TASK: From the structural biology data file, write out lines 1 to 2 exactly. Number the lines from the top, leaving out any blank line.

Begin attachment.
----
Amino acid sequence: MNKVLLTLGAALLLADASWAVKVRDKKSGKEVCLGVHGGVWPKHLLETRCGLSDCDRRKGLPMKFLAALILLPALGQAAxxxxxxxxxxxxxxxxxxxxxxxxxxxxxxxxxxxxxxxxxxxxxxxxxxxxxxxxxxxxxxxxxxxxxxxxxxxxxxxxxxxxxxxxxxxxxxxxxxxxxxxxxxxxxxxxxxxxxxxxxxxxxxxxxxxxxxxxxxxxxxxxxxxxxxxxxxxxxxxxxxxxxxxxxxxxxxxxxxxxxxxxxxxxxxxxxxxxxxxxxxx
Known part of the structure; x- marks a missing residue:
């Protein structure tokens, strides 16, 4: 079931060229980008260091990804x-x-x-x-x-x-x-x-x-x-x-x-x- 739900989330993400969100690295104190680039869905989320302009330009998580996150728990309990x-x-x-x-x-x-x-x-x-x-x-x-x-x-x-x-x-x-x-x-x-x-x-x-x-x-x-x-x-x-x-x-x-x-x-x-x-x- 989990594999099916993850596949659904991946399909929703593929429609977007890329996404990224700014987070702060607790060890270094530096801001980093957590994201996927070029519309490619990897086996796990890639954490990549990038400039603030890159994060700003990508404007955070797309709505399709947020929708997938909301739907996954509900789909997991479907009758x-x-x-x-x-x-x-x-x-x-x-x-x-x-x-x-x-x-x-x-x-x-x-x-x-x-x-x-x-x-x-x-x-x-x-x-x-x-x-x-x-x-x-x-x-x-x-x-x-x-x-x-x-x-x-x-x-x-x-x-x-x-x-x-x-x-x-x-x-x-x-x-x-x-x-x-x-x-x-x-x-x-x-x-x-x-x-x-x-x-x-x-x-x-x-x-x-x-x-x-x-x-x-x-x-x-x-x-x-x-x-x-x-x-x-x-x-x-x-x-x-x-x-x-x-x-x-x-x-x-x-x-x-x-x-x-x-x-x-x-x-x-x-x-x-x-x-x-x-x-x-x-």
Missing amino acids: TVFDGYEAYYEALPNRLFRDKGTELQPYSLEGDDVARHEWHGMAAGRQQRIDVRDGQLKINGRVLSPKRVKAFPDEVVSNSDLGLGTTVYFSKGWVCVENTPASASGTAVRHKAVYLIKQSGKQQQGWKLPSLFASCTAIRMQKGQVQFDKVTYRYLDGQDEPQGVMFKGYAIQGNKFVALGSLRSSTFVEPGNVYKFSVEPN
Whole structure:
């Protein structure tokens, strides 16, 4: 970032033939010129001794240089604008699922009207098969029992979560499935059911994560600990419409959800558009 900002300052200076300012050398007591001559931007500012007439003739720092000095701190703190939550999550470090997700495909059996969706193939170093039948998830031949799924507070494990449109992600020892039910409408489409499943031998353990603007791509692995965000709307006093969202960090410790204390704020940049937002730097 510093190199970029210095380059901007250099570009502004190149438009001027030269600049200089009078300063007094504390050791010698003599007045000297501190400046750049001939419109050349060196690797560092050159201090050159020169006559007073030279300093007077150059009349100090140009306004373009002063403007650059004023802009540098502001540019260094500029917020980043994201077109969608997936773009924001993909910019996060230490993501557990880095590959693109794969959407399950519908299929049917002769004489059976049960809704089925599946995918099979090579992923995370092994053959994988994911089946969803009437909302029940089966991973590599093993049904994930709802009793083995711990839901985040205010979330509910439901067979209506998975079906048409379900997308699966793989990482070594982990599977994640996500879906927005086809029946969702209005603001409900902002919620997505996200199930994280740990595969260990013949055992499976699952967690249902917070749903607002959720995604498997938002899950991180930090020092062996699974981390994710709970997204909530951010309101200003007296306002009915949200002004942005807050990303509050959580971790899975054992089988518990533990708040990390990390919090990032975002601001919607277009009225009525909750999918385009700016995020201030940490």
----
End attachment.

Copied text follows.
Amino acid sequence: MNKVLLTLGAALLLADASWAVKVRDKKSGKEVCLGVHGGVWPKHLLETRCGLSDCDRRKGLPMKFLAALILLPALGQAAxxxxxxxxxxxxxxxxxxxxxxxxxxxxxxxxxxxxxxxxxxxxxxxxxxxxxxxxxxxxxxxxxxxxxxxxxxxxxxxxxxxxxxxxxxxxxxxxxxxxxxxxxxxxxxxxxxxxxxxxxxxxxxxxxxxxxxxxxxxxxxxxxxxxxxxxxxxxxxxxxxxxxxxxxxxxxxxxxxxxxxxxxxxxxxxxxxxxxxxxxxx
Known part of the structure; x- marks a missing residue: